There's a great and appropriate line in this Cracked.com feature: "What you like, and what your audience likes, are probably going to be very different."

As for doing another one, I don't see why not as long as more than just the core AA team are willing to contribute...

n/a
Matt Barton
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Creativity is Pleasurable as Videogames
Bill Loguidice wrote:

Anyway, the success of this is to me what embodies Armchair Arcade--anything goes. As I tried to explain in the FAQ, while our primary mission is to discuss videogames and computers and to err on the side of the classics, we want the flexibility to explore other things. As you say, sometimes it works, sometimes it doesn't, but why have our own site if we can't do what moves us - rather than what is expected of us - sometimes?

There's a great and appropriate line in this Cracked.com feature: "What you like, and what your audience likes, are probably going to be very different."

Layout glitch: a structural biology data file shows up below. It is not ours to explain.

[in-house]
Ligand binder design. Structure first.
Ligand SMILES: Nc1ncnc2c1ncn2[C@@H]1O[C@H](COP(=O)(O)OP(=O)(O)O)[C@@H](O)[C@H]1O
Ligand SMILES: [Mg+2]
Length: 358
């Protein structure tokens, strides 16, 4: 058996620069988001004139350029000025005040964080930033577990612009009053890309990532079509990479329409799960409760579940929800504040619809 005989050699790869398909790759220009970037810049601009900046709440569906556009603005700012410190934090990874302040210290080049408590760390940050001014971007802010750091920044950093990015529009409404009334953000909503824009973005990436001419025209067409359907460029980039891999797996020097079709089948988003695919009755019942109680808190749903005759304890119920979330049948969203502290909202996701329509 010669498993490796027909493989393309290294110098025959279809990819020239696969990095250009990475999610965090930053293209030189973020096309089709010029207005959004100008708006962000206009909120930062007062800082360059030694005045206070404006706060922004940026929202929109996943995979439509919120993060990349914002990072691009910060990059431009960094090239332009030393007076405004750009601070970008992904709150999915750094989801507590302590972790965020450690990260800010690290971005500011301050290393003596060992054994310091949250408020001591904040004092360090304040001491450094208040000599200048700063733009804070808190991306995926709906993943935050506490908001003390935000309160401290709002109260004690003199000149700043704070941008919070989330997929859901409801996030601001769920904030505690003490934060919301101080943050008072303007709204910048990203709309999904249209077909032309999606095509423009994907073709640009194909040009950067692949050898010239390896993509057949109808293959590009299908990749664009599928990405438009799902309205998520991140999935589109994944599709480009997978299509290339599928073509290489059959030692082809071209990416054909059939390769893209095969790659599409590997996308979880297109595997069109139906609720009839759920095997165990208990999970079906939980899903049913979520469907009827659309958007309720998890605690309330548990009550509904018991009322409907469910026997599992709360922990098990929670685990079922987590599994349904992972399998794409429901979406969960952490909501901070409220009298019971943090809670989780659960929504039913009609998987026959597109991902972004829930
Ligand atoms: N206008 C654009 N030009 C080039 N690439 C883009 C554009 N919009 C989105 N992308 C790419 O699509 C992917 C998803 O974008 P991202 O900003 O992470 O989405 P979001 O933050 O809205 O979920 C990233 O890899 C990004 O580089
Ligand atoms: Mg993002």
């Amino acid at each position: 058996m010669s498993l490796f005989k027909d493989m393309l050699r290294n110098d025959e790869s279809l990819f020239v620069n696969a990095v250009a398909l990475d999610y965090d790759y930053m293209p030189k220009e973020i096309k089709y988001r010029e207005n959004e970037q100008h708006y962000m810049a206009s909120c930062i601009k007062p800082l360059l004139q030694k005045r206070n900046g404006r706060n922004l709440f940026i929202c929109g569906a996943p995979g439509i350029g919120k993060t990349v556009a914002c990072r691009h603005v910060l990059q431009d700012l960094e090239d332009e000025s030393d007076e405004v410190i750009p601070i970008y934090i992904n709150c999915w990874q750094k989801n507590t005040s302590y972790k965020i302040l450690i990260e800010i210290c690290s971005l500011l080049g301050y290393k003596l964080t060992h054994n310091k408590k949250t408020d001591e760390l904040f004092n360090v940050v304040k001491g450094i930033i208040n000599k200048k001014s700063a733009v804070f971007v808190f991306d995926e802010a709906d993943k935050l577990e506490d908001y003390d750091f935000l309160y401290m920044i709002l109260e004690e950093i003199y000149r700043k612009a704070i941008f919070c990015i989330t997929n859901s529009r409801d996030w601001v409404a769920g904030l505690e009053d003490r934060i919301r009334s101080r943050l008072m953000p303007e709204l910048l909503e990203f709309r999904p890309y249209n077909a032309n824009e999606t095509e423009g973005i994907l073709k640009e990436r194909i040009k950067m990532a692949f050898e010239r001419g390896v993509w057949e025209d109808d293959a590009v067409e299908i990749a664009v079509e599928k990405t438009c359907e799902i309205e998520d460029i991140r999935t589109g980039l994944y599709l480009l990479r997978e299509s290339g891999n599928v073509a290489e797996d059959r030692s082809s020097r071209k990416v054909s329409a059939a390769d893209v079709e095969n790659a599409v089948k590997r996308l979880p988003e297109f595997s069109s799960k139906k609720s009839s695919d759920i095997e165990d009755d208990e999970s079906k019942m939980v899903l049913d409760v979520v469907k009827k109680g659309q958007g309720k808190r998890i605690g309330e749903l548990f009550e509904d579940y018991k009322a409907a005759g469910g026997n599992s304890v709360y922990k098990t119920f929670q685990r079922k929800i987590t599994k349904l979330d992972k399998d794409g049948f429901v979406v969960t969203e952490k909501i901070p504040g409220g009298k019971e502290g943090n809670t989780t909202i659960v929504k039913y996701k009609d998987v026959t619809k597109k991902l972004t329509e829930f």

As for doing another one, I don't see why not as long as more than just the core AA team are willing to contribute...

I find I go through phases of consumption and creation. I might go through a period where all I want to do is play games, read books, watch movies--consume stuff. Then a switch will flip, and suddenly I'm bored with everything and just want to CREATE something. Usually creative stuff is more exciting to work on, since you have the added pleasure of learning the ropes.

My wife seems to be similarly possessed, enjoying nothing more than making jewelry, novelty desserts, etc.

Unfortunately, we're both cursed in that the pleasure of doing this creative stuff is almost completely one-sided. We enjoy making it, but very, very few people outside of immediate friends and family gives a darn. Unless you are blessed with a small ego and able to disregard what people think of your work--that is, you're satisfied just doing it for yourself--it can be frustrating if not depressing. Also, the more creative it is, the bigger the risk you take, the worse it is when you get ignored or bashed.